it is important that this only be the case when obedience to the lower authority would constitute active disobedience to higher one. There are many situations where authorities abuse their power and request things that are not ideal, things that a better steward would not command of his subjects. But it is these authorities who are answerable to those above them. It is no sin to obey a wicked ruler in some of his poorer rulings, in fact it may be a sin not to obey him.

Saturday, 17 October 2015

Rightly discerning the issue

We frequently need to weigh up actions to be undertaken while considering several competing issues. Different people weight the various considerations differently based on things like the importance they place on the relevant (and sometimes irrelevant) issues, or their depth of knowledge of relevant issues.

Often more information is very helpful. Many people realise this and sometimes seek it. What seems less common is thinking through how an issue is relevant. Recently I heard a conversation concerning how many people to train for the work force and weighing up issues like,
  1. Quality of training
  2. (Future) workforce requirements
  3. Number we can train
  4. Number who want to train
In unrelated reading on unemployment I came across this quote,
People don’t need to be forced to work. People need to be helped to find a job.
This sentence reminded me of the earlier conversation as neither speaker had rightly divided the issue.

Talking the second one, the speaker is (or may be*) falsely contrasting the issue. It is not just that a carrot is more effective (according to the speaker) than a stick, rather both can be true depending on what the problem is. So within a community there exist people who do not wish to work and for them a policy that forces them to earn their income is important. Even if there were jobs, the lack of desire to work prevents them taking one up. Within the same community are people who want to work but are unable to find a job. For them the motivation is there, and forcing them to work is less helpful when there are no jobs to be had. Presumably for many people both factors may be at play: they desire not to work but think they should; and jobs are difficult to find.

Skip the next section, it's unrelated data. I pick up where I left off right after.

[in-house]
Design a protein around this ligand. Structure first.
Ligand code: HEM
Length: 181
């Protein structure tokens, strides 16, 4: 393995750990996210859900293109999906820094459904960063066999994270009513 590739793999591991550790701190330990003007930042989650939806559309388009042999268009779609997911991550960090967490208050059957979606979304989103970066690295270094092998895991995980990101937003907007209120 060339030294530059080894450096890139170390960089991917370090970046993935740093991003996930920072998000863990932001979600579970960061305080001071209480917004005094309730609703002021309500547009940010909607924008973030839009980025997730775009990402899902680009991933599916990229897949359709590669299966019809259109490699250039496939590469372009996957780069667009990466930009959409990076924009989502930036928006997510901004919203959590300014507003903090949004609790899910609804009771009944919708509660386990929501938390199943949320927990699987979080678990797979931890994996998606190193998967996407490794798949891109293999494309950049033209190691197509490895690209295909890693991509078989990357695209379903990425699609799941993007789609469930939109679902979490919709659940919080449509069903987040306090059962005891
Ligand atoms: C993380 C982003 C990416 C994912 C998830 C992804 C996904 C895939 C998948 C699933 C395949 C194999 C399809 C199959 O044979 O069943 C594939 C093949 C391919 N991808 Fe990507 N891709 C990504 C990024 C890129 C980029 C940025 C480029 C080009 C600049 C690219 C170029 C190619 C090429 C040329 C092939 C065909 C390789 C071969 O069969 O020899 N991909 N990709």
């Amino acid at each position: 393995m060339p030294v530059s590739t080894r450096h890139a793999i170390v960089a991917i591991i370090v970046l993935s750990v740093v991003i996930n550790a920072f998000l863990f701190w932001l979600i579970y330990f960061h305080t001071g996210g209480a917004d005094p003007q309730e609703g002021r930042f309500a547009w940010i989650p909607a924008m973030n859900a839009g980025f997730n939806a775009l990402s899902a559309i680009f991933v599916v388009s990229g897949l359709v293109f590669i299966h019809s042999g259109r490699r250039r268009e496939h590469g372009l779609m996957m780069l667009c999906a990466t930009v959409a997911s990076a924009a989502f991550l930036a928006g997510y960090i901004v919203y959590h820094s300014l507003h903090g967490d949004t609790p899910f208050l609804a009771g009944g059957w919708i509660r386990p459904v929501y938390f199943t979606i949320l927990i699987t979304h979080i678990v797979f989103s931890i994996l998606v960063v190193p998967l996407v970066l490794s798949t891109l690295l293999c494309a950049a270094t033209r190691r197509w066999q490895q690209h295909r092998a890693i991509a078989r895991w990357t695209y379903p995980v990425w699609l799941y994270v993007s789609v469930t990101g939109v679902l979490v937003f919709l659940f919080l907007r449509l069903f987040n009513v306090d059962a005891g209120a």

The relevant point is that the quote reveals inadequate depth of assessing the problem: thinking something is either/ or when it is both/ and.

The first example was about determining which of the issues is most important in addressing the training problem. Being a free-market type guy I think train who you can and let the market sort out the issues. Nevertheless, let's consider the problem as it was posed. The failure of the speaker here is equating all these variables to the total number of trainees rather than recognising they relate to either maximum or minimum numbers of trainees. Let's say that we could estimate these numbers (which we probably can't as they derive from several factors that we cannot determine; further they are dynamic). Even so, they put different constraints on the trainee number. Taking item #1. Assuming that high quality (or a minimum standard) is what is being sort, this means that the system will have a maximum number of workers it can train. Workforce requirements however is a minimum number: they will want to train at least that many workers. Total capacity to train is a maximum number, and number who wish to train is also a (different) maximum number.

These examples illustrate the common problem of failing to fully analyse an issue. Many a discussion or argument is at cross purposes because of superficial assessment.†

*The author may be saying that people do not need to be forced to work because they all want to work; they just cannot find a job.

†The opposite tendency is to make distinctions when they are irrelevant. This does not necessarily relate to the degree of division but rather whether it is relevant. The question to ask what is being assessed or compared here.

Monday, 12 October 2015

Monday quote

The issues under discussion will seldom be settled primarily by appeal to first person experience. While a court should listen to eye-witnesses, for instance, it does not follow that a court would be better off if it were run by eye-witnesses.

Alastair Roberts

Sunday, 11 October 2015

Uncharitable Bible critics

Critics of the Bible frequently have a wooden approach to reading—they do not understand nuance or context, and frequently do not even understand what the passage is even saying. They often also assume the most uncharitable interpretation: if an ambiguous passage can be interpreted in several ways and all but one of the them make sense, then it is claimed that the nonsensical interpretation is the definitive meaning.

To be sure, the Bible has some difficult passages. Some appear contradictory, some appear harsh (especially to modern sensibilities), some seem impossible to obey. And these should be considered thoughtfully. Yet many "discrepancies" are of little, if any significance.

What are we to do with the man who states that non-issues are mortal contradictions that destroy the Bible's credibility? Or him who insists that all ambiguities be resolved by assuming error? It is to realise that this position is not one of doubt and incertitude, rather it is a response of disdain toward God. The Bible difficulties are not the issue, rebellion is.

Monday, 5 October 2015

Monday quote

An overly sensitive conscience is not the same thing as a properly discerning one.

Jane Dunsworth